Gretchen Livingston is a senior researcher at Pew Research Center. She is an expert on fertility and family demographics. In addition, she studies immigrant adaptation and technology use among Latinos. Prior to joining Pew Research Center, she was a visiting research fellow at the Princeton University Office of Population Research. She earned her doctorate in demography and sociology from the University of Pennsylvania. Since joining Pew Research Center, she has written on stay-at-home mothers, the relationship of fertility and the recession, fatherhood, grandparent caregivers, childlessness, and fertility and education. Livingston has discussed her work with numerous print and broadcast outlets.
Stay-at-home moms and dads account for about one-in-five U.S. parents
More than 11 million U.S. parents – or 18% – were not working outside the home in 2016. The stay-at-home share of U.S. parents in 2016 was almost identical to what it was in 1989, but there has been a modest increase among fathers.
A third of U.S. adults say they have used fertility treatments or know someone who has
Forty years after the birth of the first baby conceived via in vitro fertilization, 33% of Americans say they or someone they know has undergone fertility treatment.
U.S. women are postponing motherhood, but not as much as those in most other developed nations
American women are waiting longer to have children than in the past, but they are still starting their families sooner than women in many other developed nations.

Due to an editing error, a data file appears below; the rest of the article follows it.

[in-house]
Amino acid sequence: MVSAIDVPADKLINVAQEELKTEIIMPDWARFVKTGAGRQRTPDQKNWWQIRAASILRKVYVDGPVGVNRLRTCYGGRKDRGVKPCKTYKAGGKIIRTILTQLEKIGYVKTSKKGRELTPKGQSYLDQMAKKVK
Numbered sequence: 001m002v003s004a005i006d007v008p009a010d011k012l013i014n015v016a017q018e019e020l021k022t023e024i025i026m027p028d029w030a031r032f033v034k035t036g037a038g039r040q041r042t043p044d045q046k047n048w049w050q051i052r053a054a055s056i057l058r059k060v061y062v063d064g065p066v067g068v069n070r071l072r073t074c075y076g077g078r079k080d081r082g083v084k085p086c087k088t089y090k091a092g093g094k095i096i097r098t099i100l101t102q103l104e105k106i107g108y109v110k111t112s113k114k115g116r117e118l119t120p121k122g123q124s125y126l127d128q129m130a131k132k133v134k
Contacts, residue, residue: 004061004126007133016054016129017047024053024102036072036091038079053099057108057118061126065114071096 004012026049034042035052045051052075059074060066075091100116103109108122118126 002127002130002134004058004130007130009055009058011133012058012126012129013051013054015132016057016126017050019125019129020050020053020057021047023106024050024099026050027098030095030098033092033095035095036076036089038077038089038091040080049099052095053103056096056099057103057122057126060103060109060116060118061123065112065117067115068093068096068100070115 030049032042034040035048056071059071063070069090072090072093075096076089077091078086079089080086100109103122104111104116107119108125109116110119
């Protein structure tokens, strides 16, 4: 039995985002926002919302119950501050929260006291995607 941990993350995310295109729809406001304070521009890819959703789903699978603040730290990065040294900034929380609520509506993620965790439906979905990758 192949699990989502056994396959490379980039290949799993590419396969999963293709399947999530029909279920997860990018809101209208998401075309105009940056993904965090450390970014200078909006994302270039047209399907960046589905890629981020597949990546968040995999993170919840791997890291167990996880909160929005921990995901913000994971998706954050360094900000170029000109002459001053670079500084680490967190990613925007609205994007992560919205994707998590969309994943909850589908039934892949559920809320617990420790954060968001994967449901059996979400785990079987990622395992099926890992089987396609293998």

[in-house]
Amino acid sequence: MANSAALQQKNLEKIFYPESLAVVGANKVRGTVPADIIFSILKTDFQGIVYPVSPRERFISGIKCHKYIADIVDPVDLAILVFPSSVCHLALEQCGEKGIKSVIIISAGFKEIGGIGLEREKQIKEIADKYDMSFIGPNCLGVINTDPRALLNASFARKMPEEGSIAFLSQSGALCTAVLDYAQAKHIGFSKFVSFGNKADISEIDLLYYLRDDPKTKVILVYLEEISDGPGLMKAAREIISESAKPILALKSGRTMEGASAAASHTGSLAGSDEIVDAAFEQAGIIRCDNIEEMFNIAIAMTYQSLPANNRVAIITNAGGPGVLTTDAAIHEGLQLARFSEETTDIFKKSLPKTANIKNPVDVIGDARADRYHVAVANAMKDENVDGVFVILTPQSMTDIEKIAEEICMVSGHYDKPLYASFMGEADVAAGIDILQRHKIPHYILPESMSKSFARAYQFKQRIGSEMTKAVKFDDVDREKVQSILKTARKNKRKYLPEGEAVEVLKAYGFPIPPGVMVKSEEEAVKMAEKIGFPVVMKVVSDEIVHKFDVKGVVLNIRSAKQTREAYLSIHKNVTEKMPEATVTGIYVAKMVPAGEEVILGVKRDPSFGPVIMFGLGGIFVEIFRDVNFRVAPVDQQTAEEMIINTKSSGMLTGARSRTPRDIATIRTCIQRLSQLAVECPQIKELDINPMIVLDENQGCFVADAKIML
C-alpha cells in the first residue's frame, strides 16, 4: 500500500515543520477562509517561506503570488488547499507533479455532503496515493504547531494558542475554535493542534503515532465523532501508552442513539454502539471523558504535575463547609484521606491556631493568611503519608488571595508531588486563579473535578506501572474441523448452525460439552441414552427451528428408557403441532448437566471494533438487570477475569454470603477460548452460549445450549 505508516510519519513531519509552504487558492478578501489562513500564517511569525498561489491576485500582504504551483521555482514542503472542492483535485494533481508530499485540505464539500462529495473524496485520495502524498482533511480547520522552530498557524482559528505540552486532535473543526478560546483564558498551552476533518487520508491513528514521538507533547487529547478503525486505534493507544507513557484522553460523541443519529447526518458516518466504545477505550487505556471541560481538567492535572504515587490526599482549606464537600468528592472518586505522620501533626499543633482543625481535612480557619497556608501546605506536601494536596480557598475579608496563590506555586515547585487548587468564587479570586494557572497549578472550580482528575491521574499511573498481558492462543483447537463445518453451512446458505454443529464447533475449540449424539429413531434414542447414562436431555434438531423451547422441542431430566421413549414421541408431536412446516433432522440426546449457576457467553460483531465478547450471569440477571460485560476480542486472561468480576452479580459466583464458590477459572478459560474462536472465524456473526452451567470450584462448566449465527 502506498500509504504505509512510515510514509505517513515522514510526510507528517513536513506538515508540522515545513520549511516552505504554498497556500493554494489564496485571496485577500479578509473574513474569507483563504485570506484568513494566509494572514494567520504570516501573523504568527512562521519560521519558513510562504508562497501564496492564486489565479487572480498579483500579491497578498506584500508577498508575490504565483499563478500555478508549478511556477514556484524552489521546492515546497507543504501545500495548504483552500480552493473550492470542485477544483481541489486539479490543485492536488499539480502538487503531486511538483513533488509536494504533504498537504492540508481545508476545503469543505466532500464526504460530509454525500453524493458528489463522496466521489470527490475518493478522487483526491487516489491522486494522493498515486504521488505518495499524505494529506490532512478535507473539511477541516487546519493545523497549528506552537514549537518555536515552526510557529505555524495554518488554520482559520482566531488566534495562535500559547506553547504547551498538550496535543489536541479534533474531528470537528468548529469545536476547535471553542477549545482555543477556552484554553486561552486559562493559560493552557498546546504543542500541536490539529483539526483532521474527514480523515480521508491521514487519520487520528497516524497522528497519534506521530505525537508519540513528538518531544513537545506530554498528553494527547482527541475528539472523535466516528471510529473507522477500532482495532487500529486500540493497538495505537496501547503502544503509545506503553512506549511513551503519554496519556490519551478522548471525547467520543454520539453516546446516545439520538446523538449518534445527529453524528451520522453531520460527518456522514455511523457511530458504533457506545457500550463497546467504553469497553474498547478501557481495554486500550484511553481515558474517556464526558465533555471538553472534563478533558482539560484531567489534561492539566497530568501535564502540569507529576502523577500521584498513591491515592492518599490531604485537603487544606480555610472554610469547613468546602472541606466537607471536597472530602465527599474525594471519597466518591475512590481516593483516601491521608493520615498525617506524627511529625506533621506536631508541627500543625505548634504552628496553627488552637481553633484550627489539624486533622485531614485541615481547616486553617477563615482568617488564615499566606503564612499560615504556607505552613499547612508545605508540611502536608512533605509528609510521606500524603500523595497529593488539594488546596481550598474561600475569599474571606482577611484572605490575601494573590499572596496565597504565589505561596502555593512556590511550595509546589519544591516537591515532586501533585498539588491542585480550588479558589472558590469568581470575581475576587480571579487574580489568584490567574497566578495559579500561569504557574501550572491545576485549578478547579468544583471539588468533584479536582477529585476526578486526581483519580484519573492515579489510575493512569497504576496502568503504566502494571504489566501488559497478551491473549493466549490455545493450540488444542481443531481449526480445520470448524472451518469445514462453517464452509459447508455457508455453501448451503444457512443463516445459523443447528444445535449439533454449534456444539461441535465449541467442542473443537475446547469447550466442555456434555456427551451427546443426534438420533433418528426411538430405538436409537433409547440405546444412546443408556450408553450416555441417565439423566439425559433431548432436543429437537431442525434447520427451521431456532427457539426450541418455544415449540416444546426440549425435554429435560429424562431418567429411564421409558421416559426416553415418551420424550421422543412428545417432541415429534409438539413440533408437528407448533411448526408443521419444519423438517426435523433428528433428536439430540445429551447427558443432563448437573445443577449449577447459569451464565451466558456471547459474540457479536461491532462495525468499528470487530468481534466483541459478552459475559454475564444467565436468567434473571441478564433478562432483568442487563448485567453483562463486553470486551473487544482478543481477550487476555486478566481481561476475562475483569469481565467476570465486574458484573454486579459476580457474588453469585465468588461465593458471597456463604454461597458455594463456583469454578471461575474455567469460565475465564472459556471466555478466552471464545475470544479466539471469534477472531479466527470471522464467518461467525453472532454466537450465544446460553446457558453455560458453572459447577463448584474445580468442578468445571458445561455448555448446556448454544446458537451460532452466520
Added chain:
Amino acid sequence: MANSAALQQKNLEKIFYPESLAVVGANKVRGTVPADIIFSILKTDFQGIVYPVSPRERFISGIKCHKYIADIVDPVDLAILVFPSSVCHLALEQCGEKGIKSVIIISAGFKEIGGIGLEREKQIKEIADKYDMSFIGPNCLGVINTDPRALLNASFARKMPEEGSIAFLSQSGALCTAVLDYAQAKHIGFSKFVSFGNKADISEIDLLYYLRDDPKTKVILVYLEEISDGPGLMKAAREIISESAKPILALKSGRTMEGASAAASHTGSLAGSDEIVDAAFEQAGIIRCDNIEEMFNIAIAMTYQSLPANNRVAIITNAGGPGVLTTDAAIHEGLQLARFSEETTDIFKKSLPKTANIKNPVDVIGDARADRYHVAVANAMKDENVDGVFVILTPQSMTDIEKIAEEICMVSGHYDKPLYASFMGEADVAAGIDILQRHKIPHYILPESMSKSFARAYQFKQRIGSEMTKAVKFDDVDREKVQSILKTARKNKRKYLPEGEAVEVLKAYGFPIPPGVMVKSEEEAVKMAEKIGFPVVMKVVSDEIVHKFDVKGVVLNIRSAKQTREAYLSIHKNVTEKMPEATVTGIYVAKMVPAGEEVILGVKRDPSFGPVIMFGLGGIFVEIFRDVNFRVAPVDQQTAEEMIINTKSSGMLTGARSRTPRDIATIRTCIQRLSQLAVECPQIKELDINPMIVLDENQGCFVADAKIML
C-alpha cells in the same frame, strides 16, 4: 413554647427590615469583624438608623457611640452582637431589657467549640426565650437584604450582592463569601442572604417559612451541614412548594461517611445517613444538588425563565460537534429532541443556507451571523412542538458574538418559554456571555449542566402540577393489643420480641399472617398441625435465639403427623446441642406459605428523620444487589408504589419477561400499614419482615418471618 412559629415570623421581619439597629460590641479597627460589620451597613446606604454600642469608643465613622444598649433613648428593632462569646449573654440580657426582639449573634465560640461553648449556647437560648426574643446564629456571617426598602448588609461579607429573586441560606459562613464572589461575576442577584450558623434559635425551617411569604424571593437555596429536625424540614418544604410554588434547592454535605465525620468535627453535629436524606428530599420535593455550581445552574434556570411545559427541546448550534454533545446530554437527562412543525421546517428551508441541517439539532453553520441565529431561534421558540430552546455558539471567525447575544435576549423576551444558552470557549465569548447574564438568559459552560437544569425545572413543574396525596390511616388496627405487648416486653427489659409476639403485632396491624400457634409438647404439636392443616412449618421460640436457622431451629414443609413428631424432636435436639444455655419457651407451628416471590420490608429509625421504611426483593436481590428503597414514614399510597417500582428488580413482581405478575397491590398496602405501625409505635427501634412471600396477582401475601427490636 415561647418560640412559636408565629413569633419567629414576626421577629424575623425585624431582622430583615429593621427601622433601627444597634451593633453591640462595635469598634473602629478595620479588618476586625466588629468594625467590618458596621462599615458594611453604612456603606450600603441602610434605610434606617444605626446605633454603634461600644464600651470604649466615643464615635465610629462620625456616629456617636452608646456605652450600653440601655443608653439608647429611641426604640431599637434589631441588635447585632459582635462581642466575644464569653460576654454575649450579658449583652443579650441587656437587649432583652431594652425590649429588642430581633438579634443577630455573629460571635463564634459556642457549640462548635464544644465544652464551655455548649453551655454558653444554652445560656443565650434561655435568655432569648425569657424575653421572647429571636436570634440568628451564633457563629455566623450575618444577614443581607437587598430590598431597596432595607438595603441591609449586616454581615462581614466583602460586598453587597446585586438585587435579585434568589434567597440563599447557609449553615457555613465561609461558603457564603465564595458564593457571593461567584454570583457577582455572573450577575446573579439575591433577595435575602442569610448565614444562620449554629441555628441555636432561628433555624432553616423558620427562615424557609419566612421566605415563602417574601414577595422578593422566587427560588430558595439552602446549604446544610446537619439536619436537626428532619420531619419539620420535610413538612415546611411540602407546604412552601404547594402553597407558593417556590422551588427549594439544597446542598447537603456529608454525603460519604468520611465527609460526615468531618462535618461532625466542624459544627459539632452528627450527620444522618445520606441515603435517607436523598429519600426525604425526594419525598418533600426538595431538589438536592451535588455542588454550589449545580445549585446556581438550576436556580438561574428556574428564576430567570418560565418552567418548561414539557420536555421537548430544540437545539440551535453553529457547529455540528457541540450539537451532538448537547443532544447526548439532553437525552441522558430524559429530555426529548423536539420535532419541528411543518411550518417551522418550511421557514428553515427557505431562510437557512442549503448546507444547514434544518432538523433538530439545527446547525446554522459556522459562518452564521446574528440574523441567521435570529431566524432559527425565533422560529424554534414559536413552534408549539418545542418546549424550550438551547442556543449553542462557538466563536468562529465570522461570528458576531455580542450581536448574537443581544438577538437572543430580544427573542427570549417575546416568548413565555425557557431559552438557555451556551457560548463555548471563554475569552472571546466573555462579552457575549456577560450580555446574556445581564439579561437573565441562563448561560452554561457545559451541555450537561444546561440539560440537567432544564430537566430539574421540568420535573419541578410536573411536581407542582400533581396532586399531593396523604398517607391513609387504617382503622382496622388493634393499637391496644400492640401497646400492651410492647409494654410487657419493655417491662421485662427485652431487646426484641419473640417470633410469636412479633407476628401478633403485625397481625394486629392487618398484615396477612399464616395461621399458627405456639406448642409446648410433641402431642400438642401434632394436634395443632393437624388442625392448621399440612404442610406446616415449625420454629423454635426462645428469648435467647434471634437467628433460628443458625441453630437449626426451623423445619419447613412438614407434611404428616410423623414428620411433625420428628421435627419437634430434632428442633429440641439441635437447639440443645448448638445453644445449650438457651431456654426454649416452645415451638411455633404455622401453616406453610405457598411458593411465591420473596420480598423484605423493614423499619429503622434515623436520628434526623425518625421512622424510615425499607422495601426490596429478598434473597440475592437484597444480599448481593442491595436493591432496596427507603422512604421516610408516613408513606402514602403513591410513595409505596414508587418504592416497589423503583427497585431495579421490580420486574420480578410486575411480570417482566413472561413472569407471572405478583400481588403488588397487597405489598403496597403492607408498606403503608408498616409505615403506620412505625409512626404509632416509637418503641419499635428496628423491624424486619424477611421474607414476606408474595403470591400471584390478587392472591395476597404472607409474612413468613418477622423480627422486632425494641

Family life is changing in different ways across urban, suburban and rural communities in the U.S.
Changes in marriage and childbearing have reshaped the American family. These shifts are playing out somewhat differently across urban, suburban and rural counties.
7 facts about American dads
Fatherhood in America is changing. Ahead of Father’s Day, read key findings about dads in the United States.
7 facts about U.S. moms
American motherhood has changed in many ways since Mother’s Day was first celebrated more than 100 years ago. Read key findings about American mothers and motherhood.
More than a million Millennials are becoming moms each year
In all, more than 17 million Millennial women in the U.S. have become mothers. In 2016, Millennial women accounted for 82% of U.S. births.
About one-third of U.S. children are living with an unmarried parent
The share of U.S. children living with an unmarried parent has more than doubled since 1968, jumping from 13% to 32% in 2017.
The Changing Profile of Unmarried Parents
One-in-four parents living with a child in the United States today are unmarried, up from 7% in 1968. A growing share of unmarried parents are cohabiting partners.
8 facts about love and marriage in America
The landscape of relationships in America has shifted dramatically in recent decades. Read eight facts about love and marriage in the United States.